Engineering is Marketing is Engineering

Why do we draw a line between engineering and marketing?

If the goal of marketing is to understand and develop solutions for that market, why stop short at the door to the engineering department?

If the goal of engineering is to develop solutions to real problems, why rely on the marketing department to determine what defines a real problem?

Especially in large companies that tend to have significant clout with educational institutions and accreditation agencies, the reasons for these division might include:

  1. There are inefficiencies in trying to teach one person to do two different jobs.The truth of this varies significantly by person, and by size of company (larger companies tend to favor compartmentalization more than small companies).
  2. Engineering is so technical that it requires years of specialized math and science to master, leaving little time for other topics.This is less true today than ever, not because the world is less complicated, but because computers can now do many of the analyses that used to be done by humans. In any case, there will always be science and math skills needed in engineering, but as individuals we have relatively little control over the degree to which computers can do this stuff for us. So other than staying on top of new developments, there’s not much we can do to change things here.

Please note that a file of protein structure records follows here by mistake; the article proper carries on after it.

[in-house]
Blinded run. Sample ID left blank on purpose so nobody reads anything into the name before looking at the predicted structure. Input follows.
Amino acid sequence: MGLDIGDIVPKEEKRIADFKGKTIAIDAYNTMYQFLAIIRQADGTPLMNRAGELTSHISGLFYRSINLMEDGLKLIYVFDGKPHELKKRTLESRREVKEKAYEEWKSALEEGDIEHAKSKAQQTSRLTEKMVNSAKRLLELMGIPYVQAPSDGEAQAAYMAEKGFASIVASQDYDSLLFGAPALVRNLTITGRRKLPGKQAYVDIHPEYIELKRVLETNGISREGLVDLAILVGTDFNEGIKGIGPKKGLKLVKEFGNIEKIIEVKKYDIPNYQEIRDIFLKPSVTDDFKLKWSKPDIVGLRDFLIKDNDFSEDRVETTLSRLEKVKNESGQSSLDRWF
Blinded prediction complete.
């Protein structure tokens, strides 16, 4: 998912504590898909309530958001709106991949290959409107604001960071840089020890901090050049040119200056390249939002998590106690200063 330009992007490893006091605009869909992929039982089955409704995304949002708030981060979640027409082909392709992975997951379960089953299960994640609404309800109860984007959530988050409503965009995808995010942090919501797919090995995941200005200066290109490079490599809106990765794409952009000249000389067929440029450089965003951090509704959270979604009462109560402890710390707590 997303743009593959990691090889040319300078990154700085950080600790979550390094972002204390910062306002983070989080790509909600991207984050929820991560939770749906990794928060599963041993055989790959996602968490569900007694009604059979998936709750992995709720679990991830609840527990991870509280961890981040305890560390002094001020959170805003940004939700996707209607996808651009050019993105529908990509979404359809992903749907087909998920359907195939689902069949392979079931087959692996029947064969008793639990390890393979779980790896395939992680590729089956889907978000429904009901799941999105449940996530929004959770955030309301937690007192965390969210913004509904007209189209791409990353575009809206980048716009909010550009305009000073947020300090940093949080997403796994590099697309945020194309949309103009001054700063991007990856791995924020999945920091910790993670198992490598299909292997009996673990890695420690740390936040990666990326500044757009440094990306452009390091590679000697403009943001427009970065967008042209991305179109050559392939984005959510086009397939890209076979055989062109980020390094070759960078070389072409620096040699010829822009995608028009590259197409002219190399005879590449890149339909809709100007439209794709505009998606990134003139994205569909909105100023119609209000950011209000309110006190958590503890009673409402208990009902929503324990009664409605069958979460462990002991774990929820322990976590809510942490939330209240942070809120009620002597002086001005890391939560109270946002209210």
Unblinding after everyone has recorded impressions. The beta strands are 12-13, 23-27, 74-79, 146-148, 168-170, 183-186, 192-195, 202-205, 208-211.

3. Engineering is framed as a cost-minimizing, risk-mitigating activity, while marketing is seen as a driver of profits.This is the easiest to change, and thus has the biggest potential impact.

The lines between engineering and marketing are already blurry, and getting blurrier, but we would do well to better educate young engineers on the basics of marketing, and to foster close, trust-based working relationships between marketing and engineering.

Engineering Isn’t About Costs

Once upon a time, the job of the engineer was to minimize cost.

Engineers calculated things like

  • How thick does the concrete on this bridge deck need to be to ensure it won’t break?
  • What’s the maximum wind speed this house can endure?
  • What should the shape of this wind turbine blade be to maximize efficiency and minimize material?

Today, computers can answer questions like these. So why do we still have engineers? What do they do?

Engineers solve problems. That involves creativity, innovation, and passion. These have always been a part of engineering, but as computers take over more of the heavy mathematical lifting formerly done by humans, they’ll become even more important.

Of course, understanding costs is a crucial and often difficult part of engineering. But if we frame an engineers’ role as being all about reducing costs, we’re likely to get small, incremental changes. If we ask engineers to think bigger, like about what customers want, we’ll get bigger, better solutions.